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Jesus was a leader who stood for us, sacrificed for us, and even died for us. We need leaders, not managers who just use or manipulate us. Pope Francis, following the example of his Master, is such a leader. Yes, beyond managerial skills and finesse, we need leaders who have a heart. We need so much, in our present day and time, “bravehearts”! “Bravehearts”!

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Wow, it’s February again! How time flies! The message for all of us is that life is short. What are we doing the rest of our lives? Staying on in our comfort zones? Prolonging our lives to enjoy and become more comfortable? Jesus has shown us the way, the truth and the life, and that, indeed, true living is all about giving, sacrificing and sharing. Pope Francis has shown us the way. The Fallen 44 have shown us the way. Shame on those who point us the other way.

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A prayer for those who have gone ahead of us: “We seem to give them back to You, O God, who gave them to us. Yet as You didn’t lose them in giving, so we do not lose them by their return. Not as the world gives do You give, o Lover of souls. What You give You take not away, for what is Yours is ours also if we are Yours. And life is eternal, and love is immortal, and death is only an horizon, and an horizon is nothing save the limit of our sight. Lift us up, strong Son of God, that we may see further; cleanse our eyes that we may see more clearly; draw us closer to Yourself that we may know ourselves to be nearer our loved ones who are with You. And while you do prepare a place for us, prepare us also for that happy place, that where You are, we may also be forever more.” (Fr. Bede Jarrett, OP)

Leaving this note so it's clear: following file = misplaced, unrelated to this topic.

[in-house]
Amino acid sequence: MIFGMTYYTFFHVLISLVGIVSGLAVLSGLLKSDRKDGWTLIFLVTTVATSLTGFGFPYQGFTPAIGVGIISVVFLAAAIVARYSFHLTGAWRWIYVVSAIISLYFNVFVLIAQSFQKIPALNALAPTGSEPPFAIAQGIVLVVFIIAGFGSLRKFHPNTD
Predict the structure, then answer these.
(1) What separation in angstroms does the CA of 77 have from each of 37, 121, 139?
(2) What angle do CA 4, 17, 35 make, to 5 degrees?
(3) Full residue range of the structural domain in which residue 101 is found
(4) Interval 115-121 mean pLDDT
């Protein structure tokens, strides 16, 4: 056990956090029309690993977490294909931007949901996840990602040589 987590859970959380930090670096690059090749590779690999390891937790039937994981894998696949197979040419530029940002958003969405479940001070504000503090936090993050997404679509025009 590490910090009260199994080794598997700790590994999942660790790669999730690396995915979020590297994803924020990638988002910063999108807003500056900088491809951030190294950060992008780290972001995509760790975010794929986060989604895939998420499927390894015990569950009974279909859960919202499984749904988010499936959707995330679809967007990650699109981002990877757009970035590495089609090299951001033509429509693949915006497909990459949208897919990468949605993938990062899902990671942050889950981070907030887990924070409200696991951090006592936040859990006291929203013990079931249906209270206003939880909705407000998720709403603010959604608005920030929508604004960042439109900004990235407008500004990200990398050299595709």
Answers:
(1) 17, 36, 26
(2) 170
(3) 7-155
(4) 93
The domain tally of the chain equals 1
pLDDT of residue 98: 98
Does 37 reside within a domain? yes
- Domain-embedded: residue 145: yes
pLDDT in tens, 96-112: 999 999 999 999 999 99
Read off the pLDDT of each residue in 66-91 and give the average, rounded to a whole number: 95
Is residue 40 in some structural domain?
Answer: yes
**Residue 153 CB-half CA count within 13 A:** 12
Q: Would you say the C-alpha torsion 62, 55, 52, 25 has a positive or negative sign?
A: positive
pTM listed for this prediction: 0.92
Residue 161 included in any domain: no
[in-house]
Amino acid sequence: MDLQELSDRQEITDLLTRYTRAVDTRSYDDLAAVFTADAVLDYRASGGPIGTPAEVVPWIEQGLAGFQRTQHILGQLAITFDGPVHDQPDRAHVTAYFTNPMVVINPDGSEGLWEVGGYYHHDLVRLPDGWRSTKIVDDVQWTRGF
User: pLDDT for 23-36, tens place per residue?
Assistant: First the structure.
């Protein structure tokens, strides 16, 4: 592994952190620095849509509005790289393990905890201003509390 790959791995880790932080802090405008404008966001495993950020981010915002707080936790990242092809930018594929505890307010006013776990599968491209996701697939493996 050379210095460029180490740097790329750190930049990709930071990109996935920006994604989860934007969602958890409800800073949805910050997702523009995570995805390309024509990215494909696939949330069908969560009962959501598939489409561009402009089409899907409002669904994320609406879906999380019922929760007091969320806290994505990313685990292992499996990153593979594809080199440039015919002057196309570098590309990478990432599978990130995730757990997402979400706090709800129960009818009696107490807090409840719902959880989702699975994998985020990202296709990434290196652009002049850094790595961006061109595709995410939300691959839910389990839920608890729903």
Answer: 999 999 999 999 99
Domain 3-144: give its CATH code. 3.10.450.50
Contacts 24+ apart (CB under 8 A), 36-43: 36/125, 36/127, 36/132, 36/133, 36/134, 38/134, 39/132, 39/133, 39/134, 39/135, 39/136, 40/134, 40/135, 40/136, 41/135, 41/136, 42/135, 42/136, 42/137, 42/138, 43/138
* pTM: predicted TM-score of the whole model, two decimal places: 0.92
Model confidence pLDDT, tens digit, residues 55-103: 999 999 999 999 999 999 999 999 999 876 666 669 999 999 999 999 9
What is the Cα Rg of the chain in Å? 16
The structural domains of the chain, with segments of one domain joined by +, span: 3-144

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“Moments” bring us to another moment in February. Fr. Nicolas Sengson, SVD, my classmate during our formation years, is in town (from his SVD mission in Quebec, Canada) because he is being honored as the Filipino composer at the 40th International Bamboo Organ Festival. Father Nico’s original work, titled “Exodus,” features sacred rhapsodies celebrating the liturgical cycle of the Resurrection. Each evening promises to be a journey of faith through music. The festival premieres with selected works from J.S. Bach and concludes with Father Nico’s “Exodus” (Feb. 26 and 27). My composer-classmate has entrusted the performance of his work to the artistic expertise of Prof. Eudenice Palaruan, music director and conductor, and a selection of renowned artists, soloists, choirs and members of the Manila Symphony Orchestra. Venue is St. Joseph Parish Church in Las Piñas City. For inquiries, please log on to www.bambooorgan.org.

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A moment with the Lord:

Lord, teach us to become not only holy hearts but also “bravehearts.” Amen.